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SBI Research Feature: Modeling Bioremediation of High Concentrations of TCE
Posted: October 4, 2010
Former environmental engineering and Subsurface Biosphere IGERT graduate student Andrew Sabalowsky and Distinguished Professor Lewis Semprini have two articles in the October issue of Biotechnology and Bioengineering. The papers propose a new model for why bioremediation of the groundwater contaminant TCE slows when contaminant concentrations are very high. In this short web interview, Andy, who is now a post-doc at the Montana State University Center for Biofilm Engineering, describes their research and its relevance for groundwater remediation.
Your research focuses on groundwater contaminants TCE and PCE. What are these substances and why are they a concern?
TCE and PCE are two solvents that were used extensively in the 1950s for degreasing engines and other equipment and also for dry cleaning. They are dense non-aqueous phase liquids (DNAPLs ) so they are heavier than water and at many contaminated sites they percolated down through soils and pooled at the bottom of groundwater aquifers. Use of TCE and PCE stopped in the 1970s but they are slow to degrade and contaminated aquifers exist in many parts of the world. PCE, TCE and the compounds they degrade into are a health concern. They are hepatotoxins (substances that target the liver) and they and their daughter products are either suspected or known carcinogens.
Today, a common strategy for treating aquifers contaminated with PCE and TCE is bioremediation. Engineers try to create conditions that enable bacteria – either native to the site, or introduced – to degrade the pollutants. Our focus in these papers was on anaerobic bioremediation – it utilizes bacteria that thrive in anoxic zones, the type typical in source zones of contaminant plumes where concentrations of PCE, TCE and their daughter products can be very high. The goal is to treat the plume at its source zone rather than at its fringes and therefore cut down on the remediation time and cost.
What is the contribution of your two research papers to this problem?
In order to improve bioremediation methods, we need to understand the biological processes that are taking place. In the literature there have been observations that at very high concentrations of PCE, TCE and its immediate daughter product, cis-DCE, the ability of microbes to transform the contaminants declines with time. Researchers have discussed this loss of activity as an “inhibition process” – something is inhibiting the microbes ability to transform the contaminants. Inhibition implies reversibility – if you lowered the concentration of TCE and cis-DCE, the rate of transformation should rise again. But in our experiments, we found that this was not the case and we propose a new model – one that indicates it is irreversible toxicity that is happening, not inhibition. High concentrations of TCE and cis-DCE cause a certain percentage of cells to stop working and they cannot recover. Our model also proposes that the extent of the toxicity (the number of cells affected) is proportional to the contaminant concentration, hydrophobicity (the degree to which it partitions into cell walls) and the duration of the exposure. We tested our model with three different experimental set ups – batch systems, chemostats, and recirculating columns with biofilms and more or less the same model fit all three of these different scenarios.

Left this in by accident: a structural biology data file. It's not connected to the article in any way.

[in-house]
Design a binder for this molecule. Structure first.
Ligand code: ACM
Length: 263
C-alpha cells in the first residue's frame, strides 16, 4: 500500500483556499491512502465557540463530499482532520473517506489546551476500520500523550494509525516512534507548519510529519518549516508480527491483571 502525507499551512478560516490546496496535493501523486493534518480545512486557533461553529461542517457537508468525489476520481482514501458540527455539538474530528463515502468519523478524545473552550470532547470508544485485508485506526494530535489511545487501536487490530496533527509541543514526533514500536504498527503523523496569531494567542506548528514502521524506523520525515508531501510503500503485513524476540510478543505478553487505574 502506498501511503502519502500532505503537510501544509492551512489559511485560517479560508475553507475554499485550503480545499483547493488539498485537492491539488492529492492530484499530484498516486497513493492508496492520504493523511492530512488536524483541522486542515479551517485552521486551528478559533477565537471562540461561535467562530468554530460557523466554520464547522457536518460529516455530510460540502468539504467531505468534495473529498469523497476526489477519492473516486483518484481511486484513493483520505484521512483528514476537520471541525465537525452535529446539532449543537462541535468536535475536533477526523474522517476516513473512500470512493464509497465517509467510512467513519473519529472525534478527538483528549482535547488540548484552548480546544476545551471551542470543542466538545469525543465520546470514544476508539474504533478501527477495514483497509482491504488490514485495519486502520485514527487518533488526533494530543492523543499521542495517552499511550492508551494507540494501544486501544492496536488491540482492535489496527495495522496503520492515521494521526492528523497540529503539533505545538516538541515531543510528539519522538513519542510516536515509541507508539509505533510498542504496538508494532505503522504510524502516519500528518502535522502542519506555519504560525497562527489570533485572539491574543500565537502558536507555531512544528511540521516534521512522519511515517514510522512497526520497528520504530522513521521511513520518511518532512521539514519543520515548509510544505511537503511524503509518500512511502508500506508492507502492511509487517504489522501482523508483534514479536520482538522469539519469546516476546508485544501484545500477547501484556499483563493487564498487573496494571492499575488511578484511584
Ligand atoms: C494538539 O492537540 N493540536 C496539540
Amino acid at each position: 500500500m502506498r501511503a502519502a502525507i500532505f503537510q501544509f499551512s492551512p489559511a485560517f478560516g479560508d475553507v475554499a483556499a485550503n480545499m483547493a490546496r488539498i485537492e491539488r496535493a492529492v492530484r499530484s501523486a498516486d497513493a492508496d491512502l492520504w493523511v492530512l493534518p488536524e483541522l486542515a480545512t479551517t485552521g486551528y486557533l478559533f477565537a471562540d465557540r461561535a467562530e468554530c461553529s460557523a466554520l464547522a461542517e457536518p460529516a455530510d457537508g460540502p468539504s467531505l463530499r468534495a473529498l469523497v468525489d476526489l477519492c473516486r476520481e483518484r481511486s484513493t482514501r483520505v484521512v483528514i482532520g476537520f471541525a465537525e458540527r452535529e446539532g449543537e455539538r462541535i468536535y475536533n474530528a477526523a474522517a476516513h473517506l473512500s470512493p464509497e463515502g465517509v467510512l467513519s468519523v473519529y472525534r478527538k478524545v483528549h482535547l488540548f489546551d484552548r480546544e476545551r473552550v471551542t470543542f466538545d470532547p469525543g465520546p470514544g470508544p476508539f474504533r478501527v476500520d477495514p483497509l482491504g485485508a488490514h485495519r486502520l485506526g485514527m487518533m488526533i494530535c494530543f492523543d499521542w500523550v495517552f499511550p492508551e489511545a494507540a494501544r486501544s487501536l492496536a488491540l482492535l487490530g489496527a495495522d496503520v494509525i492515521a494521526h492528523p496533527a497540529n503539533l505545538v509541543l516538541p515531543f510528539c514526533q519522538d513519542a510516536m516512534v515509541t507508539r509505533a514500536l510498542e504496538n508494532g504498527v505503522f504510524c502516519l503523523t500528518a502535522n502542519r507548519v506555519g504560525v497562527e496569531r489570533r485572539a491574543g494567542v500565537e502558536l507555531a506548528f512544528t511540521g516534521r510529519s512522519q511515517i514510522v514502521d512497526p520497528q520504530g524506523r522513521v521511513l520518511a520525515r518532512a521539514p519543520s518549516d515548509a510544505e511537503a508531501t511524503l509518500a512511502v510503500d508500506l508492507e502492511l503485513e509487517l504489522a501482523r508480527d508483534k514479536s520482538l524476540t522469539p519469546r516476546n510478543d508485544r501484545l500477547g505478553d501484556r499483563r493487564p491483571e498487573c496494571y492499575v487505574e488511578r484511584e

Can you describe a little more about these experimental systems?
Batch grown cells are a closed system in a bottle with suspended cells. A chemostat is a well-mixed reactor with suspended cells, a continuous steady flow of growth medium moving in, and an effluent flowing out at the same rate. In this type of system, the TCE is continuously mixed so concentrations of TCE would in theory be lower and more constant than in a batch system where TCE is added in pulses. But we didn’t measure steady concentrations because the system was failing – as the bacteria stopped being able to transform the contaminants, the concentration of TCE and cis-DCE began to rise. Modeling showed that the failure was much more rapid and dramatic than could be explained by inhibition alone; and we could only explain the failure when we include a term for toxicity of both cis-DCE and TCE in the mathematical model we created to describe the system.
The biofilm experiments were done in recirculating columns packed with glass beads where cells grew as attached cells in an interconnecting network, called a biofilm. One pump was mixing the medium around at a relatively high rate and a second pump introduced contaminants to the system. Our model again matched the changes in contaminant concentrations that we observed over time. We were able to model not only the failure of the system with increasing TCE and decreasing cis-DCE concentrations, but also the temporal history of the failure. The concentration of TCE did not rise suddenly, rather the concentration went up a little and then plateaued and then increased again, and only the model with our toxicity term fit this observation.
These two papers were part of your dissertation – what was one of your most important lessons learned from this project?
One thing I learned from the development of these two papers was the utility of models to point toward hypotheses. Our model for toxicity developed out of this research because none of the existing models fit our experimental data. So it was an indirect approach to develop a hypothesis for a biological process that we were then able to go back and demonstrate with some followup batch experiments.
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